Dive In

Cool off in some of the South’s beloved public pools.
by Erin Z. Bass


As heat advisories across the South continue today, with temperatures over 100 degrees in several places, Deep South suggests a surefire way to cool off. Head out to your local community pool and dive in! Community pools have long been a respite from the heat in summertime, and I remember spending many a day at the “Town Club” pool while growing up. Most cities have at least one, but some, like Austin, Texas, have many to choose from. Austin’s Parks and Recreation Department’s Aquatic Division operates 43 public pool facilities, including Deep Eddy, the city’s much-beloved public pool.

The oldest swimming pool in Texas, Deep Eddy began as a swimming hole in the Colorado River. The concrete pool was built in 1915 and became the centerpiece of a resort that included a bathing beach, zip line and diving platform. Now owned by the city, Deep Eddy continues to be a favorite Austin swimming hole today, fed with clear, cold water from a hand-dug well. Proof of Deep Eddy’s status in the state? The pool has a sweet tea vodka and record label named after it. (For more photos of Deep Eddy like the one above, view Steve Hopson’s photostream on Flickr.)

Maintaining a public pool can be expensive for a city, a problem Pensacola, Florida, ran into in 2007. The city closed its Roger Scott Pool, once part of a housing development, because of budget concerns and needed renovations that year. After undergoing a major renovation that added three waterslides and a zero-entry pool, the popular swimming spot reopened in June of 2010 with three daytime sessions and Friday and Saturday night swimming. “We’ve had over 22,000 people come through,” said Parks & Recreation Director David Flaherty at the time. “The pool has far exceeded our expectations of having it become a destination.”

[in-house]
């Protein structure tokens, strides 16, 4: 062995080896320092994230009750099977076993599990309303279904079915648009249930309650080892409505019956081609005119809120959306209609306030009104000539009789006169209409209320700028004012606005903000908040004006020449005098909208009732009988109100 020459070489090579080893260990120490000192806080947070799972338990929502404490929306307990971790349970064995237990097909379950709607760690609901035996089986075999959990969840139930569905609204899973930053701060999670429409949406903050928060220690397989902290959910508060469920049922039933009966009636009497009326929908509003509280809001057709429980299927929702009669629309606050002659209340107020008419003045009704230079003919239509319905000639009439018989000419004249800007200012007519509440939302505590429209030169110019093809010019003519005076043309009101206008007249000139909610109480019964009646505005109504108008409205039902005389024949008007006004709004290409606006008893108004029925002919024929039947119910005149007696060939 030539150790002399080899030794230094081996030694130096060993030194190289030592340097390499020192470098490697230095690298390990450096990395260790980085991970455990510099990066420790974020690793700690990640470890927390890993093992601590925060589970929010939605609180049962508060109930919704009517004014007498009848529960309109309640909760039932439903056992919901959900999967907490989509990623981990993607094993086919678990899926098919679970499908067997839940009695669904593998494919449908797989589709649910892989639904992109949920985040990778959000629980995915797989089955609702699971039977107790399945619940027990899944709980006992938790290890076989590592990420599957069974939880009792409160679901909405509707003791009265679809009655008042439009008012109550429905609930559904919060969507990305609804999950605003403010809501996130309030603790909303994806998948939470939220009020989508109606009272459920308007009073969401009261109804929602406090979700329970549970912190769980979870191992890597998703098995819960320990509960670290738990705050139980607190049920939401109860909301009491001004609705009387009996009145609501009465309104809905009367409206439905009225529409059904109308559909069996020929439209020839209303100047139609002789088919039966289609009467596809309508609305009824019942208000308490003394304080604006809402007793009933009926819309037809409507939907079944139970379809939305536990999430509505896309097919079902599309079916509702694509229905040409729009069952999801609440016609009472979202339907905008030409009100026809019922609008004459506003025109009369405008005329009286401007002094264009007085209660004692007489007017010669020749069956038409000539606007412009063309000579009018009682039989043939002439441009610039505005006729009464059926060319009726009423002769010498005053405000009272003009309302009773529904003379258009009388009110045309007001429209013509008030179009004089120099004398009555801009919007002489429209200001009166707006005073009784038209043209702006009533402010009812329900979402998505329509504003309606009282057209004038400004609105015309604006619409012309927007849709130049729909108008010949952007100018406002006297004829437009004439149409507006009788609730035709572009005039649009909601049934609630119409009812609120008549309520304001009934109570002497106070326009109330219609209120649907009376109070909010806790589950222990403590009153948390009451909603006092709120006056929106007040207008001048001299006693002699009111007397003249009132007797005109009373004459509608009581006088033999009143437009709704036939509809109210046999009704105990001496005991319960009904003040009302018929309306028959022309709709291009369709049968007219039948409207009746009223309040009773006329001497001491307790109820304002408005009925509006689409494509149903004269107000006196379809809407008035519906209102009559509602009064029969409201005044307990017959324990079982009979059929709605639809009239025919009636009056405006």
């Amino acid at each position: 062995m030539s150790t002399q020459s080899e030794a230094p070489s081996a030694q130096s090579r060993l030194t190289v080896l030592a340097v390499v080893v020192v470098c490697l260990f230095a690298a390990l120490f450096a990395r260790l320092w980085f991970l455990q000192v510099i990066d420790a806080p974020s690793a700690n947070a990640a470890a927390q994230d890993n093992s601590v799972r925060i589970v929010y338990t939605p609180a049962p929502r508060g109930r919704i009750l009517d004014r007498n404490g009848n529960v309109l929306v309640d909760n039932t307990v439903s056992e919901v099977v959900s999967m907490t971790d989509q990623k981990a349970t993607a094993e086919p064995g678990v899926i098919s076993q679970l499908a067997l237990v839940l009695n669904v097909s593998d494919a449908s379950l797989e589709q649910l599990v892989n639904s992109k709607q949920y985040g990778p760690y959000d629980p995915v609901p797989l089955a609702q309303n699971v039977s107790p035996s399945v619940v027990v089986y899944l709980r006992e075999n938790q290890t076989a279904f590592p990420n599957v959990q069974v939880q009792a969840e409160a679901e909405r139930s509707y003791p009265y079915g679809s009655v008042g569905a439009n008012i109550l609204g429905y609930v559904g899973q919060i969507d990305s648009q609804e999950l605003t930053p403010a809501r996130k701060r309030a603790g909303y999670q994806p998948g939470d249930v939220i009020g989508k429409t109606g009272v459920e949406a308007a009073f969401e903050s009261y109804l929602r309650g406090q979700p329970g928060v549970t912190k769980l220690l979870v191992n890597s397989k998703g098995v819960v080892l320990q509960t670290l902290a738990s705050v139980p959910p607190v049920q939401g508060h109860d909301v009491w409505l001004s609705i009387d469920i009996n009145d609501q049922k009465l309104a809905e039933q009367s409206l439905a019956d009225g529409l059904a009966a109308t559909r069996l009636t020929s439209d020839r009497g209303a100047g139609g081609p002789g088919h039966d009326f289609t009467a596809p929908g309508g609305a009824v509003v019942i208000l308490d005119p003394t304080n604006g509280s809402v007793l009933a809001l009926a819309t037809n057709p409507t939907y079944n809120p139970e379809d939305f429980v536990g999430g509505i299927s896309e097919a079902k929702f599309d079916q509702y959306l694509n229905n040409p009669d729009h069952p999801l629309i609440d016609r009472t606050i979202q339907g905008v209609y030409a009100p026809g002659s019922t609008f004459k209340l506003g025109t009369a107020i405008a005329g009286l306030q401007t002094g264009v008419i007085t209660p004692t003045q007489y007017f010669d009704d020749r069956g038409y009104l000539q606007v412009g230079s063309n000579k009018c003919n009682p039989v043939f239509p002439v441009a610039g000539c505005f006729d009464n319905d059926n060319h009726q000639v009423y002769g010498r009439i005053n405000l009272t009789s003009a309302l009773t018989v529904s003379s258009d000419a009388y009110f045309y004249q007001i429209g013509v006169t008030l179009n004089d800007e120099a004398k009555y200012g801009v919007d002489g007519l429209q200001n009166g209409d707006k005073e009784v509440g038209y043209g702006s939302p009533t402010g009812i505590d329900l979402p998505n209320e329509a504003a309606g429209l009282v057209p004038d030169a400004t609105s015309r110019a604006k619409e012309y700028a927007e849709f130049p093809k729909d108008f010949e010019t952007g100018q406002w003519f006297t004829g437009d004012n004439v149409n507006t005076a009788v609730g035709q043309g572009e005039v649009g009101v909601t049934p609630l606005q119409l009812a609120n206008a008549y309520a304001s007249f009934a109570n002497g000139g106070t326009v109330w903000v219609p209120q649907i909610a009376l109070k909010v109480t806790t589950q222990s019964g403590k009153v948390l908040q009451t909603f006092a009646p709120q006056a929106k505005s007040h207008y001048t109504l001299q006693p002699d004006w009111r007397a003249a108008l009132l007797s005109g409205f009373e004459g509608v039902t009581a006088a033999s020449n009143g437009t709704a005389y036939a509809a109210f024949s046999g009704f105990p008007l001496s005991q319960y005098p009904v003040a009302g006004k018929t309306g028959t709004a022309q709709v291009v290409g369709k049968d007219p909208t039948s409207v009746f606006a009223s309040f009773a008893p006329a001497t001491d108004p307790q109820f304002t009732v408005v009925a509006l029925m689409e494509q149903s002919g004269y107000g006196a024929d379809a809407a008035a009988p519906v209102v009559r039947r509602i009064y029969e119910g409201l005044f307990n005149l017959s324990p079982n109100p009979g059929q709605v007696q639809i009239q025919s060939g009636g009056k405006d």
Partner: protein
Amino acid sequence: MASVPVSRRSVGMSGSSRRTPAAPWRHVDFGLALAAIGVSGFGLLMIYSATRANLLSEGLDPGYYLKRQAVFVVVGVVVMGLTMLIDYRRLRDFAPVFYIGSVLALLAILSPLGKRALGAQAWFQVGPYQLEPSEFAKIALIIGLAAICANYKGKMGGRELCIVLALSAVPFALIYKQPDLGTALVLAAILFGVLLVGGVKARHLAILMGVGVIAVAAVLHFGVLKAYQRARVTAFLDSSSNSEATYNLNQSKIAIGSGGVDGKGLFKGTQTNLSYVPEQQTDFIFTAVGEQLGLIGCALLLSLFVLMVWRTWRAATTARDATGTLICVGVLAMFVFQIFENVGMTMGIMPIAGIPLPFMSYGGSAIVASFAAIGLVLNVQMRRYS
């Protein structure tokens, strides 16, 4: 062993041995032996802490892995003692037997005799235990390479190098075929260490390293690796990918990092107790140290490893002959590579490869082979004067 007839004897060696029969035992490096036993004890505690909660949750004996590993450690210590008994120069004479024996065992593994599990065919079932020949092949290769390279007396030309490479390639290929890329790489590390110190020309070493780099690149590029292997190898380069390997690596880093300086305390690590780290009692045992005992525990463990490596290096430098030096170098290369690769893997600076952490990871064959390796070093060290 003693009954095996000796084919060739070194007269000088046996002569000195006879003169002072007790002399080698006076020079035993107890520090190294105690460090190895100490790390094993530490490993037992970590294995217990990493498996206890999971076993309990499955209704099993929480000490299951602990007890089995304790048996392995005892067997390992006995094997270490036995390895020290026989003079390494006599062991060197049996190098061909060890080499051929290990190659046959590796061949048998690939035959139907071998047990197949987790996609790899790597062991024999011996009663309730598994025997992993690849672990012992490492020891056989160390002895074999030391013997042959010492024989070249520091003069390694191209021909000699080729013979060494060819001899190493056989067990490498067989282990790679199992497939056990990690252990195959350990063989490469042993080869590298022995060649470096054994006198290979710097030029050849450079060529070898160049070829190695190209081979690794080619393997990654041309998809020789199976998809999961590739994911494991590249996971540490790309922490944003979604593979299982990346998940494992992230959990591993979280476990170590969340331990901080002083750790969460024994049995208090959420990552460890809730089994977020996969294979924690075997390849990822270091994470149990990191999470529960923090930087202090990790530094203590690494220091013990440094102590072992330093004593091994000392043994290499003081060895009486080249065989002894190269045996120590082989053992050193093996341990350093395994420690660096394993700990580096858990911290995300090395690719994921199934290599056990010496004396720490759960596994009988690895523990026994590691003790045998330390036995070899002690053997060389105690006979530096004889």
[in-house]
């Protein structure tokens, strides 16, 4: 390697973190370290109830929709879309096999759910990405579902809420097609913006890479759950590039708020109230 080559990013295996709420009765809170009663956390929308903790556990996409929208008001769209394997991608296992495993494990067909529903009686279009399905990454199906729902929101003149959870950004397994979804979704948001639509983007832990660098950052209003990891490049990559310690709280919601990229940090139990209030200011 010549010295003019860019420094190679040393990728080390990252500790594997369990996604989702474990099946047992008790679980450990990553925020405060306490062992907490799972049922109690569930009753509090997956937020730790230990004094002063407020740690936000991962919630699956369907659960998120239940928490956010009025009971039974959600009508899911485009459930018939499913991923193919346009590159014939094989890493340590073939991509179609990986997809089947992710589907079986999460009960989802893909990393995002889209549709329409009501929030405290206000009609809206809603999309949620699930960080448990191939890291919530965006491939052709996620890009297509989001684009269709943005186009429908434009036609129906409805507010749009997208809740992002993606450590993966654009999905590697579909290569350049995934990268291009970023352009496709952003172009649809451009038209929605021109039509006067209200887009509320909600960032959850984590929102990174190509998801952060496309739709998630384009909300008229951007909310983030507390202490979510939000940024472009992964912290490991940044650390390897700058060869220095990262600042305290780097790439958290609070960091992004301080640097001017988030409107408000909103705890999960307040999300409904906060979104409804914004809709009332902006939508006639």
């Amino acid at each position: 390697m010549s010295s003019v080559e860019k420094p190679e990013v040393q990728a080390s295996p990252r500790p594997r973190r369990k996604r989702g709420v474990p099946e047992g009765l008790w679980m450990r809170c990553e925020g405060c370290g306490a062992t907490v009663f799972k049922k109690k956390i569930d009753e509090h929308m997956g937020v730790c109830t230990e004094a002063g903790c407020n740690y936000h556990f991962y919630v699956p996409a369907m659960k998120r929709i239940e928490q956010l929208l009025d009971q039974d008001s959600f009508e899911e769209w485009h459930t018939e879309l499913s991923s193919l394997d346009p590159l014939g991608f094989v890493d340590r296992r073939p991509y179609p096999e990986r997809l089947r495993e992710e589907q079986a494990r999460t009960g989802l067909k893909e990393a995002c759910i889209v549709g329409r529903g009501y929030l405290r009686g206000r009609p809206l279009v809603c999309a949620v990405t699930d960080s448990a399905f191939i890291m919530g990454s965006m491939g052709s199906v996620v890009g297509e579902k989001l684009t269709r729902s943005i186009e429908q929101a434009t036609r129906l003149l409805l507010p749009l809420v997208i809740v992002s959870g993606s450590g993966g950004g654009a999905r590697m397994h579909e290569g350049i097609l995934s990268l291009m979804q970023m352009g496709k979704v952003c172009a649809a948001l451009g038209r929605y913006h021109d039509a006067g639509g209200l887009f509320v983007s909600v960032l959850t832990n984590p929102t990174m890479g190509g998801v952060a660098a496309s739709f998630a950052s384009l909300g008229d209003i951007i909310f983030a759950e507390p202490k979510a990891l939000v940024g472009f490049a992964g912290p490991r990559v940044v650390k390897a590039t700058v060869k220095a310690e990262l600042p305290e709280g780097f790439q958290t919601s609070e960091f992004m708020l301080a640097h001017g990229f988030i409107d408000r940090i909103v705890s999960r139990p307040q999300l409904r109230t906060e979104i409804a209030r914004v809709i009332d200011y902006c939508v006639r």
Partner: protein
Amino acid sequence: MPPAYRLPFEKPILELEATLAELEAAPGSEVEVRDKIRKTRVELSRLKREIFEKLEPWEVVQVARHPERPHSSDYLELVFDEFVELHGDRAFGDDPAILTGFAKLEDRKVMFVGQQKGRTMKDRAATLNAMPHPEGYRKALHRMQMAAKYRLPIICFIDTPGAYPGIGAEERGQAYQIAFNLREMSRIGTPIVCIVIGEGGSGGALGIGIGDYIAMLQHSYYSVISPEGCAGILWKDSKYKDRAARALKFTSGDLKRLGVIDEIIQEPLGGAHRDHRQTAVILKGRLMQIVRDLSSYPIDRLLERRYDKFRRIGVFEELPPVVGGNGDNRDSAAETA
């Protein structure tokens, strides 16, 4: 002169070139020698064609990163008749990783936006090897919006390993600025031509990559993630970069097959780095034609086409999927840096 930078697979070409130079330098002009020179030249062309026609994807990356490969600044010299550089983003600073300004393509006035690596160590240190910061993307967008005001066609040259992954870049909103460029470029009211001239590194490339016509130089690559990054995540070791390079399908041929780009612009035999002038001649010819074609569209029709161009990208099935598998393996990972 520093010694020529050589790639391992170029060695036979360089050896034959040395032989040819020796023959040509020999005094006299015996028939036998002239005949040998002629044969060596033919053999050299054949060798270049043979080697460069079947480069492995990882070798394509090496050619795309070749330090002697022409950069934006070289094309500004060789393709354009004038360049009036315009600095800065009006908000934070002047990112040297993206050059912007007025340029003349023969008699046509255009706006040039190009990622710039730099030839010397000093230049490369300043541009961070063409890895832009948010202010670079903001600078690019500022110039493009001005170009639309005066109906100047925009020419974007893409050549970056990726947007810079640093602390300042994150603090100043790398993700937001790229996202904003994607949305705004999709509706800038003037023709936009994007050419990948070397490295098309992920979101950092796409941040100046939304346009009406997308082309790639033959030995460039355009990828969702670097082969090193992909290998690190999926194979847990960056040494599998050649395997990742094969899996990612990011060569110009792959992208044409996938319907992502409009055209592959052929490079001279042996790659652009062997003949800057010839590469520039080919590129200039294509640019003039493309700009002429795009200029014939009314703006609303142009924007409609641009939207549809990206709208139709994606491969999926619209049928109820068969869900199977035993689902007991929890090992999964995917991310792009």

It’s Stonewall, Mississippi, that may have the most interesting underwater story to tell. According to a 2006 article in The New York Times, local businessman Gilbert Carmichael spotted blue tile, light fixtures and white walls during a construction project, thus unearthing the town’s once-popular swimming hole. As in many a Southern town, Stonewall’s pool didn’t make it through the integration of the 1970s and was filled in with dirt. Carmichael excavated and rededicated the pool back to the town in 2007. “People were upset we weren’t open when school let out,” he says, “but we’re just pleased to see white and black kids swimming together.”

Check with your local parks and recreation department to find out if your town has a community pool. Many are free or cost a few dollars to get in, well worth it for a break from the heat. Have a favorite summer memory from the town pool? We’d love to hear it!

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